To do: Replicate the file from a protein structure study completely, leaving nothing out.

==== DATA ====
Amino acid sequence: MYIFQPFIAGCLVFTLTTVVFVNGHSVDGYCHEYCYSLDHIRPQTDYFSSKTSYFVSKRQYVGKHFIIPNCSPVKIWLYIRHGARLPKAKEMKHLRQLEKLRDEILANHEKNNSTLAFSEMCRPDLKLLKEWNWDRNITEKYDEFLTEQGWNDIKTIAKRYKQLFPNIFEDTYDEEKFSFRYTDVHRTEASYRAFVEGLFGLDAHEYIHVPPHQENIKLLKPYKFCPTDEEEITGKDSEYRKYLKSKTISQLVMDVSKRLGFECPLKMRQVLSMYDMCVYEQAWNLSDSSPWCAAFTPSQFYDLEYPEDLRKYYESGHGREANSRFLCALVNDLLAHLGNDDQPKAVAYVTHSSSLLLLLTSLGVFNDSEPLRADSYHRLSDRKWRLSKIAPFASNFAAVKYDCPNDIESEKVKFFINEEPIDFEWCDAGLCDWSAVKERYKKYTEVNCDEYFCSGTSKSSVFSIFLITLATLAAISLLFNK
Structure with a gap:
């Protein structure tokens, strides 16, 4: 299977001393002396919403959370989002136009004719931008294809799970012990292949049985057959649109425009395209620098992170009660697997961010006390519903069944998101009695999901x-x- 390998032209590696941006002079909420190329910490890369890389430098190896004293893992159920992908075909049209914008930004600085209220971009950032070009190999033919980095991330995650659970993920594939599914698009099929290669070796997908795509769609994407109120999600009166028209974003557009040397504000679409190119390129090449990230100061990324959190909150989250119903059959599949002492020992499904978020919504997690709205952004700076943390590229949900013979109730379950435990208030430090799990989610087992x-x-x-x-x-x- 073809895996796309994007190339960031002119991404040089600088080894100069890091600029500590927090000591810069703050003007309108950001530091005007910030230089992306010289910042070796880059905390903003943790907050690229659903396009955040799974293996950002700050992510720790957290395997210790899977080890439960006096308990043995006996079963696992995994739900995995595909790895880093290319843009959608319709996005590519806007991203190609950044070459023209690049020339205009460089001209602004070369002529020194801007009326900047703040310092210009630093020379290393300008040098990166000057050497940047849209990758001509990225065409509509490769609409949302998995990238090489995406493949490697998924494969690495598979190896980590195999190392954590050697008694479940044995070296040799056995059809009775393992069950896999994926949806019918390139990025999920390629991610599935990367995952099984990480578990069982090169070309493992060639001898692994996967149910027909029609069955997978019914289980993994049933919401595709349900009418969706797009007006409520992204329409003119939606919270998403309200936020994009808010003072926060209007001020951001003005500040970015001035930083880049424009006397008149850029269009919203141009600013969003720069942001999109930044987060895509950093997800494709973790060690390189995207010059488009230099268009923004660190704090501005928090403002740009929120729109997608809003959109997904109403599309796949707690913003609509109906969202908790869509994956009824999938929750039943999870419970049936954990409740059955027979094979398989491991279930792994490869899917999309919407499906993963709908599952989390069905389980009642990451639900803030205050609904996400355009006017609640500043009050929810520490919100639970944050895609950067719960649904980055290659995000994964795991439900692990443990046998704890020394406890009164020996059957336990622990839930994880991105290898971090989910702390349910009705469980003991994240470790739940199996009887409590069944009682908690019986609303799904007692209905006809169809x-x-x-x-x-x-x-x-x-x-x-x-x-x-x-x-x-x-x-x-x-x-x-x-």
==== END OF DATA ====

Amino acid sequence: MYIFQPFIAGCLVFTLTTVVFVNGHSVDGYCHEYCYSLDHIRPQTDYFSSKTSYFVSKRQYVGKHFIIPNCSPVKIWLYIRHGARLPKAKEMKHLRQLEKLRDEILANHEKNNSTLAFSEMCRPDLKLLKEWNWDRNITEKYDEFLTEQGWNDIKTIAKRYKQLFPNIFEDTYDEEKFSFRYTDVHRTEASYRAFVEGLFGLDAHEYIHVPPHQENIKLLKPYKFCPTDEEEITGKDSEYRKYLKSKTISQLVMDVSKRLGFECPLKMRQVLSMYDMCVYEQAWNLSDSSPWCAAFTPSQFYDLEYPEDLRKYYESGHGREANSRFLCALVNDLLAHLGNDDQPKAVAYVTHSSSLLLLLTSLGVFNDSEPLRADSYHRLSDRKWRLSKIAPFASNFAAVKYDCPNDIESEKVKFFINEEPIDFEWCDAGLCDWSAVKERYKKYTEVNCDEYFCSGTSKSSVFSIFLITLATLAAISLLFNK
Structure with a gap:
């Protein structure tokens, strides 16, 4: 299977001393002396919403959370989002136009004719931008294809799970012990292949049985057959649109425009395209620098992170009660697997961010006390519903069944998101009695999901x-x- 390998032209590696941006002079909420190329910490890369890389430098190896004293893992159920992908075909049209914008930004600085209220971009950032070009190999033919980095991330995650659970993920594939599914698009099929290669070796997908795509769609994407109120999600009166028209974003557009040397504000679409190119390129090449990230100061990324959190909150989250119903059959599949002492020992499904978020919504997690709205952004700076943390590229949900013979109730379950435990208030430090799990989610087992x-x-x-x-x-x- 073809895996796309994007190339960031002119991404040089600088080894100069890091600029500590927090000591810069703050003007309108950001530091005007910030230089992306010289910042070796880059905390903003943790907050690229659903396009955040799974293996950002700050992510720790957290395997210790899977080890439960006096308990043995006996079963696992995994739900995995595909790895880093290319843009959608319709996005590519806007991203190609950044070459023209690049020339205009460089001209602004070369002529020194801007009326900047703040310092210009630093020379290393300008040098990166000057050497940047849209990758001509990225065409509509490769609409949302998995990238090489995406493949490697998924494969690495598979190896980590195999190392954590050697008694479940044995070296040799056995059809009775393992069950896999994926949806019918390139990025999920390629991610599935990367995952099984990480578990069982090169070309493992060639001898692994996967149910027909029609069955997978019914289980993994049933919401595709349900009418969706797009007006409520992204329409003119939606919270998403309200936020994009808010003072926060209007001020951001003005500040970015001035930083880049424009006397008149850029269009919203141009600013969003720069942001999109930044987060895509950093997800494709973790060690390189995207010059488009230099268009923004660190704090501005928090403002740009929120729109997608809003959109997904109403599309796949707690913003609509109906969202908790869509994956009824999938929750039943999870419970049936954990409740059955027979094979398989491991279930792994490869899917999309919407499906993963709908599952989390069905389980009642990451639900803030205050609904996400355009006017609640500043009050929810520490919100639970944050895609950067719960649904980055290659995000994964795991439900692990443990046998704890020394406890009164020996059957336990622990839930994880991105290898971090989910702390349910009705469980003991994240470790739940199996009887409590069944009682908690019986609303799904007692209905006809169809x-x-x-x-x-x-x-x-x-x-x-x-x-x-x-x-x-x-x-x-x-x-x-x-």